With Steven Moffat (Doctor Who) and Mark Gatiss' (Sherlock) highly-anticipated BBC/Netflix co-production Dracula premiering as part of the BBC's New Year's Day programming schedule, we have a new Netflix trailer (airing on the streamer beginning this weekend) for the Claes Bang (The Girl in the Spider's Web)-starrer as well as a few treats for BBC viewers.
Over the course of three, 90-minute chapters, Bang's bloodthirsty count travels from 1897 Transylvania to wreak havoc against Victorian London – with Dracula's travels taking him through a… nunnery? Just some advice to The Count before he goes "getting thee" to that nunnery? Be careful – it looks like it's being run by Mother Superior Buffy Summers.
The series rolled out on BBC One and BBC iPlayer from January 1-3, 2020; and will air on Netflix beginning January 4, 2020. As for the episode titles, viewers should be on the lookout for Ep. 1 "The Rules of the Beast", Ep. 2 "Blood Vessel", and Ep. 3 "The Dark Compass".
So for those who are still fresh to the series and waiting for Netflix's airing, here's a look at the final trailer – but no worries, BBC viewers! We have some cool stuff for you following…
For those of you who will be wrapping up BBC's airing on Friday, here are a few looks behind the scenes that show how the (in)famous Count was able to rise from the dead again, how his classic-yet-unique look was developed, and the steps that went into pulling off that disturbing wolf scene:
Here's a look at the previously-released first-look images at the nunnery's Mother Superior (Joanna Scalan) and Sister Agatha (Dolly Wells), a very sickly-looking Jonathan Harker (John Heffernan), new character Dorabella (Lily Dodsworth-Evans), and soon-to-be-Dracula's-plaything Lord Ruthven (Patrick Walsh McBride).
As for Dracula's probably-tragic-for-everyone-else-if-we-read-the-book-right trip aboard The Demeter, we meet Olgaren (Youssef Kerkour), Piotr (Samuel Blenkin), Captain Sokolov (Jonathan Aris), and Dr Sharma (Sacha Dhawan). But it's the image of Dracula with a young woman named Yamini (Lily Kakkar) that gives us that "Mina" feeling – and that's not good…
BBC One's Dracula stems from Sherlock producer Hartswood Films and will air on BBC One in the U.K. and Ireland and then on Netflix in the U.S. and internationally.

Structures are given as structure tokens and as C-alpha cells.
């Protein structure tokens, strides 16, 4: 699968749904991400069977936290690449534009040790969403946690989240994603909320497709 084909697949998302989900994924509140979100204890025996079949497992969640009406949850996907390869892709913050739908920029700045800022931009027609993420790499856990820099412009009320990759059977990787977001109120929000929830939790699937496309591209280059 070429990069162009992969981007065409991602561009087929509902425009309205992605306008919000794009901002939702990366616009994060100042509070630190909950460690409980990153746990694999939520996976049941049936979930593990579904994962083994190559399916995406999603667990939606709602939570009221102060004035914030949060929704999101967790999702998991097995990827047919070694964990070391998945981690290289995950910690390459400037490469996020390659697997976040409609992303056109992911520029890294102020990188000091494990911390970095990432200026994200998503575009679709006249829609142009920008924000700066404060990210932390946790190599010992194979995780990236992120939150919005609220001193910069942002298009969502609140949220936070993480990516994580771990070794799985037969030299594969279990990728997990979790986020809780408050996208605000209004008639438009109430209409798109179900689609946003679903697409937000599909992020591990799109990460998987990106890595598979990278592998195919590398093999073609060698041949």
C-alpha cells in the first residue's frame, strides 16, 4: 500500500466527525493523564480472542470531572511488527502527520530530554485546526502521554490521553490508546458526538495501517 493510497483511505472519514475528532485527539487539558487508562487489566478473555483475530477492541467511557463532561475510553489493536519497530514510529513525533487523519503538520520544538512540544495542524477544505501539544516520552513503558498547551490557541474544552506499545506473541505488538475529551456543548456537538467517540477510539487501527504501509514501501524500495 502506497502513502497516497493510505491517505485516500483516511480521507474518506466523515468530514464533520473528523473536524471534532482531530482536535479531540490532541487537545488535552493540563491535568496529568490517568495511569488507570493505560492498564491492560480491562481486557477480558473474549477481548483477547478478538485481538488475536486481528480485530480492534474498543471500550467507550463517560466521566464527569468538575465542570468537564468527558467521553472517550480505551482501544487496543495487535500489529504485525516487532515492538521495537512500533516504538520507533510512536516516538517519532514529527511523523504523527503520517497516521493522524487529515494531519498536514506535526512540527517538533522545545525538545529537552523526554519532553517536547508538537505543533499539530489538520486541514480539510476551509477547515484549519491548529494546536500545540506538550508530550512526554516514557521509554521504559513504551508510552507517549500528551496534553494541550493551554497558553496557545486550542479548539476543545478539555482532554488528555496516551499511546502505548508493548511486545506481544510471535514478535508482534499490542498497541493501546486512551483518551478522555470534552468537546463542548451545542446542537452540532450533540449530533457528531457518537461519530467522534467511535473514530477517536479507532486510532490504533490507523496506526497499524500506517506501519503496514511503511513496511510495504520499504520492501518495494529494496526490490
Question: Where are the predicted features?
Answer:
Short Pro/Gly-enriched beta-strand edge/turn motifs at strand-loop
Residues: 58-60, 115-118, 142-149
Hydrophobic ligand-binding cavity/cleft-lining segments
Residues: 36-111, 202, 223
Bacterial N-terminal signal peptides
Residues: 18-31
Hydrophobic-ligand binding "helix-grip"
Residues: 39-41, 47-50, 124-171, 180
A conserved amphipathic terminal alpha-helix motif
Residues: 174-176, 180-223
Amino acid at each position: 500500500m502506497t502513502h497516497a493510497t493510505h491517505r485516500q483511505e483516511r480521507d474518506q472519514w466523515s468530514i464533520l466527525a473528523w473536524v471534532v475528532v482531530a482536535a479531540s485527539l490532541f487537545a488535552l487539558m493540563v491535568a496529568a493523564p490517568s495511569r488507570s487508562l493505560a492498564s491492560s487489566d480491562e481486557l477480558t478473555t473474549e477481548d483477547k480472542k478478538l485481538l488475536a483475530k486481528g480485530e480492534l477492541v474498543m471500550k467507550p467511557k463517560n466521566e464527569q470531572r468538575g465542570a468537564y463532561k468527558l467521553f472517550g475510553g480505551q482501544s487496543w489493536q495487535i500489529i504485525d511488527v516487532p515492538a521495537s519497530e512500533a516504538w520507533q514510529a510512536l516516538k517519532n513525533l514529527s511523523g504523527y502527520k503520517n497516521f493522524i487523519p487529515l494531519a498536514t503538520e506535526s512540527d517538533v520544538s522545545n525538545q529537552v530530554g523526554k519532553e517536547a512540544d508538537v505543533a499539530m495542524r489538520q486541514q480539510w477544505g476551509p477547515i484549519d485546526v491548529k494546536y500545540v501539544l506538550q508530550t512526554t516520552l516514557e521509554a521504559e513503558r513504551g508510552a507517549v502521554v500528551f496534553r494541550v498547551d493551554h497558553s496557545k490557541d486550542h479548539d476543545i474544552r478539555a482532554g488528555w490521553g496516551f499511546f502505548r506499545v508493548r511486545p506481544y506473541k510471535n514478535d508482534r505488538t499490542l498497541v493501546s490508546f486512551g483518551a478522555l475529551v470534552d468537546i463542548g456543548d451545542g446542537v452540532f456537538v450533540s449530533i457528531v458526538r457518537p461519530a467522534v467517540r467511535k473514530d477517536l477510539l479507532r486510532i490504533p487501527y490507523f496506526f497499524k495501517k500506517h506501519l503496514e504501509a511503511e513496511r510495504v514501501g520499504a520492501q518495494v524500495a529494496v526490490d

The cast of Dracula also includes Jonathan Aris (Black Mirror: Bandersnatch), Sacha Dhawan (The Boy With the Top Knot), Nathan Stewart-Jarrett (Misfits), Catherine Schell (On Her Majesty's Secret Service), Youssef Kerkour (Jack Ryan), Clive Russell (Game Of Thrones), Lyndsey Marshal (The League of Gentlemen), Chanel Cresswell (This Is England), Matthew Beard (The Imitation Game), Lydia West (Years & Years), Paul Brennen (Happy Valley), Sarah Niles (Catastrophe), Sofia Oxenham (Poldark), John McCrea (God's Own Country), Phil Dunster (Humans), John Heffernan (The Crown), Joanna Scanlan (No Offence), Dolly Wells (Can You Forgive Me?), Morfydd Clark (Crawl), and newcomer Millicent Wong.
Westworld's Jonny Campbell directs the opening episode, with Damon Thomas (Killing Eve) and Paul McGuigan (Film Stars Don't Die in Liverpool) helming the second and third outings, respectively. Moffat and Gatiss are writing the series, and will also appear in the series in currently undosclosed roles. While few specifics are known about the project, the producers have stated in the past that it will be a reinvention of the Bram Stoker classic for a 21st Century audience – similar to how they approached Sherlock.
"It's seriously delightful that our new 'Dracula' is being shot at Bray Studios, the former home of Hammer Films. This wonderfully atmospheric and legendary studio gave birth to so many famous monsters and stars – most memorably Peter Cushing and Christopher Lee. As we watch Transylvania once again rise on the sound stages of Bray, it's amazing to be able to say that Count Dracula has finally come home."
– Mark Gatiss
Gatiss, Moffat, and Sue Vertue executive produce for Hartswood Films and Ben Irving for the BBC, with Larry Tanz and Carolyn Newman representing Netflix. Filming commenced at Orava Castle in Slovakia before moving on to England and Bray Studios – once owned by iconic U.K. horror producer Hammer Films.